Finding that special Bakelite bracelet has become the passion of a number of collectors. Collecting Bakelite jewelry is a popular and fun hobby, and can also make you money if you know the type of pieces in which to invest. Many people love collecting Bakelite art because it is so ubiquitous, and can be found in thrift shops, flea markets, yard sales and in antique stores, and you will always find some lovely carved Bakelite pieces on eBay.

What is Bakelite, you might ask? In fact it is a synthetic material: one of the first plastics invented and patented by a Belgian, Leo Baekeland, in 1907. It is a form of thermosetting plastic, which means it is cured by heat and does not melt in the same way as a normal thermoplastic such as nylon or polyester.

As a result, it is very hard and durable, and was used for a large variety of items from buttons to door knobs, and radios to telephones. It can be colored in a variety of patterns and shapes and could also be used for jewelry.

Once the patent expired in 1927, the price of Bakelite dropped dramatically opening it up to everybody that wanted to use it. Its versatility, durability and toughness led to it being used for a wide variety of plastic items, and for a while it was the plastic to use for everything from graceful bracelets, carved brooches and large colorful bangles.

Its use as costume jewelry rocketed with the increasing popularity of the movies, and thousands of fabulous brooches, pins, beads, earrings, finger rings and bracelets of every description were produced before the end of the 1920s. The predominant colors were butterscotch, green, red yellow and brown, and it was sold predominantly in stores such as B. Altwin and Saks Fifth Avenue, but also by Sears and Woolworth.

Its popularity soared during the Great Depression when the wealthy were wealthy no more. Cartier and Tiffany were replaced with cast Bakelite, carved into intricate shapes and adorned with rhinestones and costing anything from a few dollars to a few hundred. Had it not been for the Second World War, Bakelite might still be a popular base material for jewelry, but sales were suspended in 1942 as the plastic was focused on the war effort.

After the war, other plastics, more malleable and easier to produce, came onto the market, such as acrylics and vinyl that could be injection molded rather than cast and carved. However, collecting Bakelite jewelry has now become very popular, some people collecting specific types of articles such as bangles or rings, while others collect Bakelite jewelry in specific colors. Others just collect!

What should you be looking for when building your Bakelite jewelry collection? Finding a piece that has retained its original color is rare, and such items are valuable. That is because the plastic changes over time and the colors change, Blues change to green or black, pink turns into orange and so a beautiful old blue piece of Bakelite will be worth a lot more than a black piece of the same vintage. Red Bakelite and green Bakelite are very popular colors among collectors.

Look for seam marks: a real Bakelite bangle is cast and not molded, so there will be no seams. The genuine material was cast into solid rods or hollow tubes, and then cut and carved just like metal is cut and engraved. Nor will you ever see glue used with Bakelite: screws and rivets were used to affix clasps and pins and other fixtures to the pieces. When you hit two genuine bangles together they will give a lovely resonant sound, not the dull clunk of today’s plastics.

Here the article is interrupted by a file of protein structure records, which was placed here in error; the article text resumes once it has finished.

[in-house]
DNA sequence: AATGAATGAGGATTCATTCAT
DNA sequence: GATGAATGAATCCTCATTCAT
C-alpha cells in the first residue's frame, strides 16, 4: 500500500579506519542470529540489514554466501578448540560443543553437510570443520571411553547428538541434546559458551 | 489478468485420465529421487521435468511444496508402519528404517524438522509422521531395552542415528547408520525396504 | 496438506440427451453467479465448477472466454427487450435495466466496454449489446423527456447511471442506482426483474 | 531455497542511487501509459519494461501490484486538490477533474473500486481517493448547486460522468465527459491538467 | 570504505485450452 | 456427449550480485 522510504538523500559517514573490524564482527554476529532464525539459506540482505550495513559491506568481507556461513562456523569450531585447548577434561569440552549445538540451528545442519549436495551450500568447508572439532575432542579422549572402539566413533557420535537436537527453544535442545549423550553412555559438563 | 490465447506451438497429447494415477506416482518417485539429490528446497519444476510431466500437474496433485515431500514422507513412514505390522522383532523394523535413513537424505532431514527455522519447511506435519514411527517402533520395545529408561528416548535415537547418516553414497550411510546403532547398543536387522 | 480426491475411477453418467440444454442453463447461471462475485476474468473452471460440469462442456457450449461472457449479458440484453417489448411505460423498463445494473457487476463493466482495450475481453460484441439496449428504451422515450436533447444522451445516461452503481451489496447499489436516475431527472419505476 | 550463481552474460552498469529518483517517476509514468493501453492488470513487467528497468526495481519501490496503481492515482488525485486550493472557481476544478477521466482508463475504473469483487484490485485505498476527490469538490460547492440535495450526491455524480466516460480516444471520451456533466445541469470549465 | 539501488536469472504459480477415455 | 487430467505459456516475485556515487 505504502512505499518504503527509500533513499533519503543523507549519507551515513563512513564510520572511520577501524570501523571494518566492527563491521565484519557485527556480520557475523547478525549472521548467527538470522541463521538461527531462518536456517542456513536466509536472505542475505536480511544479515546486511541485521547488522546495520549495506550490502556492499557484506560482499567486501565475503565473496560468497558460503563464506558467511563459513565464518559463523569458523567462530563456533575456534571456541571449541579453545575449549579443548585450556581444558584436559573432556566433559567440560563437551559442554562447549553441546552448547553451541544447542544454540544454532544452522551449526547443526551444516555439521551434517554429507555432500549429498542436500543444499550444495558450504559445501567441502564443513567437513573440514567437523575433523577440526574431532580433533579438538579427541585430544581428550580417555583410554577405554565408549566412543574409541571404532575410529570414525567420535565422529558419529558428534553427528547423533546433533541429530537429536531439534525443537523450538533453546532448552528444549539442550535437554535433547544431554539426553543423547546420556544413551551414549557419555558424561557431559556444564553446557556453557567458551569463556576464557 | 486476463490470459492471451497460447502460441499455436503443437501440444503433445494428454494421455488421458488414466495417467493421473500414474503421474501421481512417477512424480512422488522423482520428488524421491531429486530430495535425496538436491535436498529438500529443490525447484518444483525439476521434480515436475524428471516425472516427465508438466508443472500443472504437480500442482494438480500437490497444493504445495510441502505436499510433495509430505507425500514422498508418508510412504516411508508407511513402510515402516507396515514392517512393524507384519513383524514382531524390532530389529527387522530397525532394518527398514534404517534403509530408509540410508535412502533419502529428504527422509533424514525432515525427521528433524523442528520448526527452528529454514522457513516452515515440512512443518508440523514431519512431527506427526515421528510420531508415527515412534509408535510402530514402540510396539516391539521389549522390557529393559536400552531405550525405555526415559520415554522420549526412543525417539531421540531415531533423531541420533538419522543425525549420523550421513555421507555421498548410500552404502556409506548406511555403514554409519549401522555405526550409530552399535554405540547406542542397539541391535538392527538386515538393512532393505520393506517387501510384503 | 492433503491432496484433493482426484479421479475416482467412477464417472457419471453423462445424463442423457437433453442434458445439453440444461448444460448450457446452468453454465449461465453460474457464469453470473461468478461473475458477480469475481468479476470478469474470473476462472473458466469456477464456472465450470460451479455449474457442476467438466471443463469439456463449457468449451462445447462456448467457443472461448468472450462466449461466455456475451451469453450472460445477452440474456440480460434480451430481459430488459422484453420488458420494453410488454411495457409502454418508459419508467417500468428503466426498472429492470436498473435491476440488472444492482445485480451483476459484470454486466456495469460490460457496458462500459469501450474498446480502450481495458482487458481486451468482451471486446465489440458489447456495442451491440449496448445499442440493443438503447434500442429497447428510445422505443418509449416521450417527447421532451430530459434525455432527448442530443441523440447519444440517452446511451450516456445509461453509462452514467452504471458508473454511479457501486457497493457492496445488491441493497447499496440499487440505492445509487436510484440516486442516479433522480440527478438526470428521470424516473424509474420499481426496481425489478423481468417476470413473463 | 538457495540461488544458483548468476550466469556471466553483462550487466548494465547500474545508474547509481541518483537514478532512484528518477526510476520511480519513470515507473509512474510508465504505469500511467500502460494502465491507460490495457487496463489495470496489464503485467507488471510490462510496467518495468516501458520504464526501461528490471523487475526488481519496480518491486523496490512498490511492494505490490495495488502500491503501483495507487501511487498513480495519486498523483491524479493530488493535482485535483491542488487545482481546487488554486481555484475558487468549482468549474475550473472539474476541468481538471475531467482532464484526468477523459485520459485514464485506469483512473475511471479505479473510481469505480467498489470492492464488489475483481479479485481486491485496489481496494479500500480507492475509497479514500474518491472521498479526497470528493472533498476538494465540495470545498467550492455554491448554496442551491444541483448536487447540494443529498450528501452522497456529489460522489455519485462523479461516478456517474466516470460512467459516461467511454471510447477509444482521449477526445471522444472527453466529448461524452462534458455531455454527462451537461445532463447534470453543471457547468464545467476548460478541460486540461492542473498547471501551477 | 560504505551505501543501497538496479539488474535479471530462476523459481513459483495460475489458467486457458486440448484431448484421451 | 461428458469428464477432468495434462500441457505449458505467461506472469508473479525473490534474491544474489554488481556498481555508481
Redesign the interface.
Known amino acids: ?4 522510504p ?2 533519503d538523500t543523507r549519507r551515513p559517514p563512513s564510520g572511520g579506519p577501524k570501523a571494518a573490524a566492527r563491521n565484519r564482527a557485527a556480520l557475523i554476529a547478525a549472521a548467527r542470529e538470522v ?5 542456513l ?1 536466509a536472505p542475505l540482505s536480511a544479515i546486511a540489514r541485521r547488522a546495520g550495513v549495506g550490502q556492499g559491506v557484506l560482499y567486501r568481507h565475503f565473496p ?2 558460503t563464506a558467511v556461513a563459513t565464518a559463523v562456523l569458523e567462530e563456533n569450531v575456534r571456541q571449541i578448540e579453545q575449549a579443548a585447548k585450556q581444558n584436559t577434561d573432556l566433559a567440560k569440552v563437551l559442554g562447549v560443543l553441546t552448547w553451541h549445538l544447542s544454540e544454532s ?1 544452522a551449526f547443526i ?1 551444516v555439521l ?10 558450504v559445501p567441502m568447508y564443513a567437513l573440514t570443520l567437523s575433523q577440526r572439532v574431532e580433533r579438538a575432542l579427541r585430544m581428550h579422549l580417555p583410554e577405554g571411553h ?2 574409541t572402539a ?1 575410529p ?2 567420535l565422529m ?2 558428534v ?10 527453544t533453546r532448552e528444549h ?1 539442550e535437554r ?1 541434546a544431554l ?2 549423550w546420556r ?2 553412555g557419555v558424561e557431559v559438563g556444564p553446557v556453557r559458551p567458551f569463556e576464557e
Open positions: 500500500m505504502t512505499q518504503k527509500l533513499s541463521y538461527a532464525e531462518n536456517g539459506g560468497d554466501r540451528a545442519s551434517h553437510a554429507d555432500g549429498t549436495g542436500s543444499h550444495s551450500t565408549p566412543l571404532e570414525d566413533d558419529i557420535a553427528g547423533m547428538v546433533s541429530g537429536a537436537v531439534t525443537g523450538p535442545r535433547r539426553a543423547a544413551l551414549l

Real Bakelite also has a rich patina caused by age and oxidation of the phenolic resin used to manufacture it. If you come across the trade names Marblette, Catalin and Prystal, don’t get upset – these are all forms of phenolic resin, and sometimes used synonymously although they were at one time competitors producing the same items. Prystal is an Italian translucent form of phenolic resin, or Bakelite in its general sense.

There is a lot of fake Bakelite around (Fakelite), and apart from the above visual and audible differences you can tell genuine Bakelite from the odor it emits when heated. If you run some hot water over a piece then rapidly smell it, real Bakelite should give off a formaldehyde or phenolic smell. Alternatively rub the piece hard with a finger and then smell. Some people can detect a formaldehyde, phenolic or carbolic odor, but others can’t. The resin is made from phenol and formaldehyde, and heat or friction can cause a slight disassociation or the release of the two monomers. However, never use a hot pin on Bakelite – all you will do is leave a hole or a burn mark.

When collecting Bakelite jewelry you have to be very careful about fakes, because you can pay a lot of money if you are a serious collector. One recent sale featured a honey-colored bangle at $86 and a rare Bakelite pumpkin pin at $6,325. However, the beauty of collecting Bakelite is that you can also find pieces at just a few dollars.

Collecting Bakelite is popular and can be very addictive, and one of its attractions is that although production started in the early part of the 20th century, it is still being produced today. Your collection can be general or specific and your pieces can appreciate in value. However, if you were to take only one tip it would be how to spot the fakes. The more you collect the easier it will become to do so.

We invite you to search for Bakelite jewelry in central Kentucky’s antiques shops!

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